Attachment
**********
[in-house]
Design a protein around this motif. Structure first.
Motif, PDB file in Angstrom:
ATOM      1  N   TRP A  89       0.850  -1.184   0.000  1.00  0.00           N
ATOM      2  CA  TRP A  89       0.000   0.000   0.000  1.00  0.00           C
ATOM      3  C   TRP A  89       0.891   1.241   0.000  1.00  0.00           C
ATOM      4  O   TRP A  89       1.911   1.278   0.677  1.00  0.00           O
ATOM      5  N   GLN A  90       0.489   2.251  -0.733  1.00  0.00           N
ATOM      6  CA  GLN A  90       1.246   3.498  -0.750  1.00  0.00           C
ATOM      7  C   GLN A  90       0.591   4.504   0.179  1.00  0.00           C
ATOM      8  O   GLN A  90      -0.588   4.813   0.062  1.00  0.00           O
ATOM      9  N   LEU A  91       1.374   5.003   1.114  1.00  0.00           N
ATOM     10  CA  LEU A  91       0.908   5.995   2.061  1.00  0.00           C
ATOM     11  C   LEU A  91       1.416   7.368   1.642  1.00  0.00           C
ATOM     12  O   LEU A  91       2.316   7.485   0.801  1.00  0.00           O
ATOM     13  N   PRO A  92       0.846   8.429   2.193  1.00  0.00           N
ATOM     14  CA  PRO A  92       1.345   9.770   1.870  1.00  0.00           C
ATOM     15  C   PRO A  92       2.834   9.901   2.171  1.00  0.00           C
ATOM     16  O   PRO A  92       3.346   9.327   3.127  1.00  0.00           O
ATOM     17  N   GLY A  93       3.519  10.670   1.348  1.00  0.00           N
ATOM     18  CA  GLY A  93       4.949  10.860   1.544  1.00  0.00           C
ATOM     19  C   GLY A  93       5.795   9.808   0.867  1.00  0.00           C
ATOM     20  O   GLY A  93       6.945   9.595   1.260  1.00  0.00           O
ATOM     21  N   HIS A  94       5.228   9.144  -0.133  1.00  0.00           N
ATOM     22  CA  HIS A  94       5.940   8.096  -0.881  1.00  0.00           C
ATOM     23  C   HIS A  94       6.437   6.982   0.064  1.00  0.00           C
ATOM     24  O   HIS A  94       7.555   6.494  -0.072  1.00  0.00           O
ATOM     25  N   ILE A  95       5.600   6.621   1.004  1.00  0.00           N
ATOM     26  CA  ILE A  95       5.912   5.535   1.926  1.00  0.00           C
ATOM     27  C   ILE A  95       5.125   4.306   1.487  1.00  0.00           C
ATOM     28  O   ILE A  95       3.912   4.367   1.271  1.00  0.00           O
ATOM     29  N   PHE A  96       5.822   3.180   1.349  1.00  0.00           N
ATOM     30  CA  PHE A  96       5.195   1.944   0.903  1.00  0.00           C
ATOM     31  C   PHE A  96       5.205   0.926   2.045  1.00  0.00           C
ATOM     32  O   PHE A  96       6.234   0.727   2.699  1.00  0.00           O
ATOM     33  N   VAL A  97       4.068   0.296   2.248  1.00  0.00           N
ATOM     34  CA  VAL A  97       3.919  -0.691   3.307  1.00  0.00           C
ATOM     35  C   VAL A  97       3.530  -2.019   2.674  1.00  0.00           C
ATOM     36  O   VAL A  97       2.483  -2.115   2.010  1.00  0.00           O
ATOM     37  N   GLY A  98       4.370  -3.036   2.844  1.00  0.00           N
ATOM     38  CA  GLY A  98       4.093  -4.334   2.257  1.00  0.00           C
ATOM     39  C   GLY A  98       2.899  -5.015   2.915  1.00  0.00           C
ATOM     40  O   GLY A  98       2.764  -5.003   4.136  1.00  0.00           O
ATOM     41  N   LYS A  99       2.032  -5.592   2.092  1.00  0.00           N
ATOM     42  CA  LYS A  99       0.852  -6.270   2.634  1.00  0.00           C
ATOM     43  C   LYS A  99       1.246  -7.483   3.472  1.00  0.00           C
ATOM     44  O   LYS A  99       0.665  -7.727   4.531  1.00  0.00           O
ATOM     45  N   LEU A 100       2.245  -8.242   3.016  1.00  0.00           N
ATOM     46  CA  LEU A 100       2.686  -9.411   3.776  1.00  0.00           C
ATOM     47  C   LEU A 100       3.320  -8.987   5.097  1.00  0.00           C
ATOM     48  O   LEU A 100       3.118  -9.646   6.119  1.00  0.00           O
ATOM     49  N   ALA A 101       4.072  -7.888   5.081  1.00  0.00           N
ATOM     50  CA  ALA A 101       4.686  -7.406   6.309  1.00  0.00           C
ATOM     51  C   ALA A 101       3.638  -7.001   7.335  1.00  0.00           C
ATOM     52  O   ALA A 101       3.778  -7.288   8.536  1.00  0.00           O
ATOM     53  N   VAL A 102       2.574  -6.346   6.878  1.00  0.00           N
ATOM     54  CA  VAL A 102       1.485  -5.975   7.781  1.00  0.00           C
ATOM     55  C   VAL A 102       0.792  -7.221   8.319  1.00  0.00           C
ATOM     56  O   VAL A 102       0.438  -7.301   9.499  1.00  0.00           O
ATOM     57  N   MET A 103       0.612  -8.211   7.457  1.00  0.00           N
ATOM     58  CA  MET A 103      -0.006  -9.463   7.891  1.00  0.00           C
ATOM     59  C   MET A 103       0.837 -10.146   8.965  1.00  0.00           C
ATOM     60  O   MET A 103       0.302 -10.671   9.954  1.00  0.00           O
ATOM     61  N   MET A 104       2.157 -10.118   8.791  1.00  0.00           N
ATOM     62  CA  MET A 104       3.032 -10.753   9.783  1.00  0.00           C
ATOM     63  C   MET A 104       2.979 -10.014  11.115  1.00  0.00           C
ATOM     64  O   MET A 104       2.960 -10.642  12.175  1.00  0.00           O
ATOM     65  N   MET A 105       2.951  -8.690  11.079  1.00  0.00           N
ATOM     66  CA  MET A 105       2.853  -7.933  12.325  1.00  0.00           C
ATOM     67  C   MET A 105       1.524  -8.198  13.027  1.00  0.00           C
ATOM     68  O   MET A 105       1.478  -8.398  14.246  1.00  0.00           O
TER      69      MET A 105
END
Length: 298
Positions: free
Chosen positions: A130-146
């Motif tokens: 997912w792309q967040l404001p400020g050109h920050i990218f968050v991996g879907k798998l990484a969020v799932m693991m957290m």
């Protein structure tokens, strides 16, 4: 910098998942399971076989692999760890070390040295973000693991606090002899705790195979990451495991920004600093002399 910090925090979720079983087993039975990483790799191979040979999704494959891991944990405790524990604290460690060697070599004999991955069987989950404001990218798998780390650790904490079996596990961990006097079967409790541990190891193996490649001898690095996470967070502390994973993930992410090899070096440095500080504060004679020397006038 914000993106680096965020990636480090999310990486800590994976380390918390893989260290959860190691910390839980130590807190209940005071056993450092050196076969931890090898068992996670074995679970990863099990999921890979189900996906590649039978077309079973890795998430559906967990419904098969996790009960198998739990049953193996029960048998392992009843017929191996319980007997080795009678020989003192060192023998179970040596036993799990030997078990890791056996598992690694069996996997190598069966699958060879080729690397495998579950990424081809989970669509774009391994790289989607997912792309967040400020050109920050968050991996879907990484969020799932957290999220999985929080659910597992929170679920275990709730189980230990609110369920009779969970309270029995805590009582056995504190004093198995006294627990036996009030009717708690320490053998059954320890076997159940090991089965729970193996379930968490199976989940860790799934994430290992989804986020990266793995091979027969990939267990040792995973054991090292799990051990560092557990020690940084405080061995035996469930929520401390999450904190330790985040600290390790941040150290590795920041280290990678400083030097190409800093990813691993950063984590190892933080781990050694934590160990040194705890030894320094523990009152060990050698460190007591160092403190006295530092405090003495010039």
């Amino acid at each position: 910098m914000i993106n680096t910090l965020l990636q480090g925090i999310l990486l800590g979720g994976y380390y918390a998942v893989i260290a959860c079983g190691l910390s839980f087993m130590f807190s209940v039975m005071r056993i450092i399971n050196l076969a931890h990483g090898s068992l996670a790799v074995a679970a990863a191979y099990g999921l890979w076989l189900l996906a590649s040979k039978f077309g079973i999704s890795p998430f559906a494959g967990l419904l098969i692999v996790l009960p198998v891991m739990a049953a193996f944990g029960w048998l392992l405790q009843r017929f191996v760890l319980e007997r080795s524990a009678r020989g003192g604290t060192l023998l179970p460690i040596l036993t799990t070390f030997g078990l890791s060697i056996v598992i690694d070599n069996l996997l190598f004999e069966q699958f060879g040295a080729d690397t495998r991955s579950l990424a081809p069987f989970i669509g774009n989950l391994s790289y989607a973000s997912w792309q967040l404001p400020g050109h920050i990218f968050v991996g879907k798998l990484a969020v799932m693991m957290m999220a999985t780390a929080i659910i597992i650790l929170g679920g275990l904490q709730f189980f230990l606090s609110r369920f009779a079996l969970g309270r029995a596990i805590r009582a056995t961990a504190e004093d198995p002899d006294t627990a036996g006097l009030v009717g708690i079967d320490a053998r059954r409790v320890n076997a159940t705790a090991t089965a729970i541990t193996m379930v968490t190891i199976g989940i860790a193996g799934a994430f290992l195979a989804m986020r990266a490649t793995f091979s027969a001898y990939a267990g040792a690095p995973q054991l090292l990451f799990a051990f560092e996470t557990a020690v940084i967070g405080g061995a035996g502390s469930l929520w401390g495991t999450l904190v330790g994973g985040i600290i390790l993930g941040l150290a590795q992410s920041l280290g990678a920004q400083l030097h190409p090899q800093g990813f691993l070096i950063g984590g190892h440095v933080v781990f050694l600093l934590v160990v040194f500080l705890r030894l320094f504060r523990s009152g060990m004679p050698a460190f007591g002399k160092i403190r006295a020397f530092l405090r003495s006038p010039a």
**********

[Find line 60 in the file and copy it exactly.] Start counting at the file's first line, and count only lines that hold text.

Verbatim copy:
ATOM     57  N   MET A 103       0.612  -8.211   7.457  1.00  0.00           N